Mark Wadsworth

This is a spare 'blog in case my main 'blog at isn't working

Burka Ban Tomfoolery

It had to happen:

An exiled Muslim couple is using a British legal team to fight the burka ban in France. They claim the ruling breaches their human rights and restricts their free movement across countries in the European Union.

The pair, who wish to remain anonymous, now live in the West Midlands with their two children, claiming the new law forced them out of their home country. They are seeking damages and a ruling that the ban on Islamic women covering their faces in public is ‘unnecessary, disproportionate and unlawful’.

The husband, who is a French national, and his wife are being represented by Robina Shah from the Immigration Advisory Service. She has lodged their application with the European Court of Human Rights in Strasbourg.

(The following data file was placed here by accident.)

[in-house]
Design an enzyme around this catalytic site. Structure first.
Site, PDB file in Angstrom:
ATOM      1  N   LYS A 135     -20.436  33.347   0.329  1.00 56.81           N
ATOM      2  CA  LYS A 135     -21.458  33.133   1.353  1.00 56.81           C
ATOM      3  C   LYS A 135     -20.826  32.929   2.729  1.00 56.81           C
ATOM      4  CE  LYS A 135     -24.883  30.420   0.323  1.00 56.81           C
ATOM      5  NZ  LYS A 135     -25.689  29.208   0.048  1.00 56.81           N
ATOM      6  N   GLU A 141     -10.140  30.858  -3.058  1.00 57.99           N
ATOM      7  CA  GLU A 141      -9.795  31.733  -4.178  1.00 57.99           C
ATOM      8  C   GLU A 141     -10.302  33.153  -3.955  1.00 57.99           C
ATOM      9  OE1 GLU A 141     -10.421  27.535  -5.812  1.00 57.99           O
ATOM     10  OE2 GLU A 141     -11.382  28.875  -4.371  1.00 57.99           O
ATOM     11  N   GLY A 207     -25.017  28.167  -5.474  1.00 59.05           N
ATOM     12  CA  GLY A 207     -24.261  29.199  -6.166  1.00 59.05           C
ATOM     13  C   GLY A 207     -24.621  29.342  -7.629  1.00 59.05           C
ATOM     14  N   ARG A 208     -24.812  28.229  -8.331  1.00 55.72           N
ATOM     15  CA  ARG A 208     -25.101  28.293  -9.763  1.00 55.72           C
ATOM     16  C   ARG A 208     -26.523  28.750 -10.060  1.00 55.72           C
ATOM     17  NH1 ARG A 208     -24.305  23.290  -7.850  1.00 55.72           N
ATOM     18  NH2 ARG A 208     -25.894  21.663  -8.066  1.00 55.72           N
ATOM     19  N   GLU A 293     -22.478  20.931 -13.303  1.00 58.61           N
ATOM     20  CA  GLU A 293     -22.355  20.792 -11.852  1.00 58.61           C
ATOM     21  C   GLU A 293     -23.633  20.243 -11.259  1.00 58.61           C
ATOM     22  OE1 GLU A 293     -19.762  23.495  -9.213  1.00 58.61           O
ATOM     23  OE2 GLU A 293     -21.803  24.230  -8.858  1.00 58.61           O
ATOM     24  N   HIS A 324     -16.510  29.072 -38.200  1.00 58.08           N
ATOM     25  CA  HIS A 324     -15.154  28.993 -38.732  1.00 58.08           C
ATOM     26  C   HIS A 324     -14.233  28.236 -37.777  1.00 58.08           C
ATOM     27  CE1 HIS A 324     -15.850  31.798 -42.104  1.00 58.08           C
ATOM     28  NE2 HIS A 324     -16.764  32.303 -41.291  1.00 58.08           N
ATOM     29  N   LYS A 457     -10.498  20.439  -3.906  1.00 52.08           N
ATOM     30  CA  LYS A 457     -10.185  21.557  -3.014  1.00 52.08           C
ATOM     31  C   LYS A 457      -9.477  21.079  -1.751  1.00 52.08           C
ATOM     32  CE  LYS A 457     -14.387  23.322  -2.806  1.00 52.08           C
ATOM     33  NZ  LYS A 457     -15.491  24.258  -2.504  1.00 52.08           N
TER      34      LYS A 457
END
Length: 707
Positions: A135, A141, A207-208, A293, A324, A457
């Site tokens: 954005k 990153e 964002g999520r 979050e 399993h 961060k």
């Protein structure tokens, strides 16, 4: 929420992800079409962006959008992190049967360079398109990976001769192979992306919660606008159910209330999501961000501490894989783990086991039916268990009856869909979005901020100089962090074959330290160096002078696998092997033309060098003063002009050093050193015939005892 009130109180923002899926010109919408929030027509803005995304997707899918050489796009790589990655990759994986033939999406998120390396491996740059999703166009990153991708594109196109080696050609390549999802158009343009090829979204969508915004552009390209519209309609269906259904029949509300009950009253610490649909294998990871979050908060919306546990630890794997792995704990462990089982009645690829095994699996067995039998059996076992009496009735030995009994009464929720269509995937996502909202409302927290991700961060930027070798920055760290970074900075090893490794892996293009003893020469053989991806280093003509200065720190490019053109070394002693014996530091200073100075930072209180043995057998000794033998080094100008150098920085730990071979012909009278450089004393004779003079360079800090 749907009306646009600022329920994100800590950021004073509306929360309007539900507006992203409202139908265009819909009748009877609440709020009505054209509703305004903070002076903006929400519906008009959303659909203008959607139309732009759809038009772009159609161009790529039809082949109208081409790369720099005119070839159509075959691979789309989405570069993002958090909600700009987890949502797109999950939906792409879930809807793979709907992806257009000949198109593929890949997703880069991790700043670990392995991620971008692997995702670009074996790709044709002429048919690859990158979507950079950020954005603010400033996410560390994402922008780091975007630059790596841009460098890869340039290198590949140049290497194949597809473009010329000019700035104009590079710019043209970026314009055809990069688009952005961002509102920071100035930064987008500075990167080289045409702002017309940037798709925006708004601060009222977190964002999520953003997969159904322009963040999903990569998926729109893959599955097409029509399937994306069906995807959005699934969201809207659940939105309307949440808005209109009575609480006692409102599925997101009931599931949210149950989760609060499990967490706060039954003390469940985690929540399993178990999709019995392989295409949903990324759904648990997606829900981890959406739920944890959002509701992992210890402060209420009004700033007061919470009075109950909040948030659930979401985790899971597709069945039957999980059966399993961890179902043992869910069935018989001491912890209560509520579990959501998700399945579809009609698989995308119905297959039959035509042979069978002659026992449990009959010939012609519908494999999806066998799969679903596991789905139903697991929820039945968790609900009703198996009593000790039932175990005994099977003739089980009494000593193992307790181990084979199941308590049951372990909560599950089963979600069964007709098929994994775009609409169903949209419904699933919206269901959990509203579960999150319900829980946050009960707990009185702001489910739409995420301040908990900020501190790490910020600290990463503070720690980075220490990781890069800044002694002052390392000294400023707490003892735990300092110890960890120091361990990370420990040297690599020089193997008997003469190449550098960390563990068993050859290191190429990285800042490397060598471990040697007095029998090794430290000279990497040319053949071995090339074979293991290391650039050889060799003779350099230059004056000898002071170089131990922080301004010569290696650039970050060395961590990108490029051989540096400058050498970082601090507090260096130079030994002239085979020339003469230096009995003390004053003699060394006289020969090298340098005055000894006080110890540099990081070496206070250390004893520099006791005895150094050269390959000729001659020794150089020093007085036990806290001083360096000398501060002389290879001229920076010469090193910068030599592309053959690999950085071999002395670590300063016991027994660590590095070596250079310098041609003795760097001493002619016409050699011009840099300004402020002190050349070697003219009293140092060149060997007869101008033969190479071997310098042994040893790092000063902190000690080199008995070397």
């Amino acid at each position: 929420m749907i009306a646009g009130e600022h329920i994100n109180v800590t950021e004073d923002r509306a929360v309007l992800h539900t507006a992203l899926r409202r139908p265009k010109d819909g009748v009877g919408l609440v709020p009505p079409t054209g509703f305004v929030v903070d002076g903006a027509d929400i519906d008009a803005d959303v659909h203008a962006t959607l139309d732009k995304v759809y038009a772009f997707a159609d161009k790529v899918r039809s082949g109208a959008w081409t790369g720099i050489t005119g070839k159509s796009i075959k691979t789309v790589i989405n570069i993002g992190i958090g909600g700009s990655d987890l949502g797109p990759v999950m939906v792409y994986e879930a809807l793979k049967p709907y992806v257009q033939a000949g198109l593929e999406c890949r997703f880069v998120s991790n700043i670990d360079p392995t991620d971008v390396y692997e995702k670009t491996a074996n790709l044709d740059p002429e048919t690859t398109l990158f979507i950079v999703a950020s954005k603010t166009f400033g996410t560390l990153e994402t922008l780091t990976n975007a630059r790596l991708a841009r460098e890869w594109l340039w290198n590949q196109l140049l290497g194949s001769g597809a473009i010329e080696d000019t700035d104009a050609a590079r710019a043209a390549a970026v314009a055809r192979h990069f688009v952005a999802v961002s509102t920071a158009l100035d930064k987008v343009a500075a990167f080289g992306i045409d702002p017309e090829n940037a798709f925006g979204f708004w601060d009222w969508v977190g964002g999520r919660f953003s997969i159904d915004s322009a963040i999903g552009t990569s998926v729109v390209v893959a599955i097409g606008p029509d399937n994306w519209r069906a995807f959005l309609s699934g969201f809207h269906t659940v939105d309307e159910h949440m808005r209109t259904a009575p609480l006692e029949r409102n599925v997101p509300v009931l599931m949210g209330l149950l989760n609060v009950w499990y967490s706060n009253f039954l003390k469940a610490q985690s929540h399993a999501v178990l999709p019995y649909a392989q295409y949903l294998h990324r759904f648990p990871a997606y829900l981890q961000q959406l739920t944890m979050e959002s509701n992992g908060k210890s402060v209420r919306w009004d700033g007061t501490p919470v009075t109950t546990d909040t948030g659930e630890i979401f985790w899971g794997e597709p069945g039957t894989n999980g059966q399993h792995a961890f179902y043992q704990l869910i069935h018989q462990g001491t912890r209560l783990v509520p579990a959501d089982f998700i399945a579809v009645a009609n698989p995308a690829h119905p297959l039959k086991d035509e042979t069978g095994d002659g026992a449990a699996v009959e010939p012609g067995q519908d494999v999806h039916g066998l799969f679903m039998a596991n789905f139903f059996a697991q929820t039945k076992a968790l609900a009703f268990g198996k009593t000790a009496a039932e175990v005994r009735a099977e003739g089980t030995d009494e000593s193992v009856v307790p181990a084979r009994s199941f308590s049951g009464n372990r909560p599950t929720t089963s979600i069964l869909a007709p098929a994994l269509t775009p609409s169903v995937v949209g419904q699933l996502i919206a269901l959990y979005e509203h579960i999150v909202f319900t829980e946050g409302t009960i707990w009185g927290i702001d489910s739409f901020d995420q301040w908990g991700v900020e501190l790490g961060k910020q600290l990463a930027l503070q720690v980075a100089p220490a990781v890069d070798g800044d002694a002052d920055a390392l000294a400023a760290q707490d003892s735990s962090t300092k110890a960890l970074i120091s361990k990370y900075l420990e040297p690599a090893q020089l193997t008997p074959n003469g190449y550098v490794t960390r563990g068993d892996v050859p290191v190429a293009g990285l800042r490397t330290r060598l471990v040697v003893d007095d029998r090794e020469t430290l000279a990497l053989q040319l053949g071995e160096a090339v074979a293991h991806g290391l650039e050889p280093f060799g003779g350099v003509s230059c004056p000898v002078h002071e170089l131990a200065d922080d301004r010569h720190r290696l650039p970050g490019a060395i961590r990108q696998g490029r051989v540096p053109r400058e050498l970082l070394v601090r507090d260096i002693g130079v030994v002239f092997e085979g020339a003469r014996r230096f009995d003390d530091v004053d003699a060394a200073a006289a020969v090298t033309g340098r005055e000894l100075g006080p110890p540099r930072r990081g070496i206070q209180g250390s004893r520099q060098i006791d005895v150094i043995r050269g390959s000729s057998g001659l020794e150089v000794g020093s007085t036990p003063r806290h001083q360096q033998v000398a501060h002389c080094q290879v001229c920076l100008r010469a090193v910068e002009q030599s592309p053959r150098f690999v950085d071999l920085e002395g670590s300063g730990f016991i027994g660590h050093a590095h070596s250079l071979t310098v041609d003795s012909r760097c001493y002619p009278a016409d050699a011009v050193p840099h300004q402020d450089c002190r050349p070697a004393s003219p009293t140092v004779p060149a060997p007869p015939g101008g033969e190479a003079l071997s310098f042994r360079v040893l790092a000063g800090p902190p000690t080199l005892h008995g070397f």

‘The case clearly is of importance to my clients,’ said Ms Shah. ‘As a result of the ban they have had to leave their country of nationality, as the ban restricts their freedom of choice, and that of their daughters.’

Court papers state the principal applicant is the husband who ‘expects and instructs’ his wife to wear the burka, a full-body covering that includes a mesh over the face, as well as the niqab, a face veil that only leaves an opening for the eyes.

The wife, the second applicant in the case, ‘respects and follows’ her husband’s instructions ‘out of her own free will’, the Strasbourg court is being told. She is seeking £10,000 in damages from the French government for ‘injury to feelings’ caused by the alleged breach of her human rights. The couple agreed there were times when it would be unacceptable to wear a burka – such as during an airport security check or when going to the bank.

President Nicolas Sarkozy’s ban on face veils came into force in April. Anyone wearing the niqab or burka in public could now face a fine of £130 or lessons in French citizenship.

I’ve cut and pasted the whole article because there wasn’t a single sentence not dripping with DoubleThink. Everybody can choose the bit they find most repugnant – from the idea that the woman, who is by implication not French, was ‘forced’ out of her home country, all the way to the Hobson’s choice right at the end – would you rather pay a £130 fine or suffer lessons in French citizenship?


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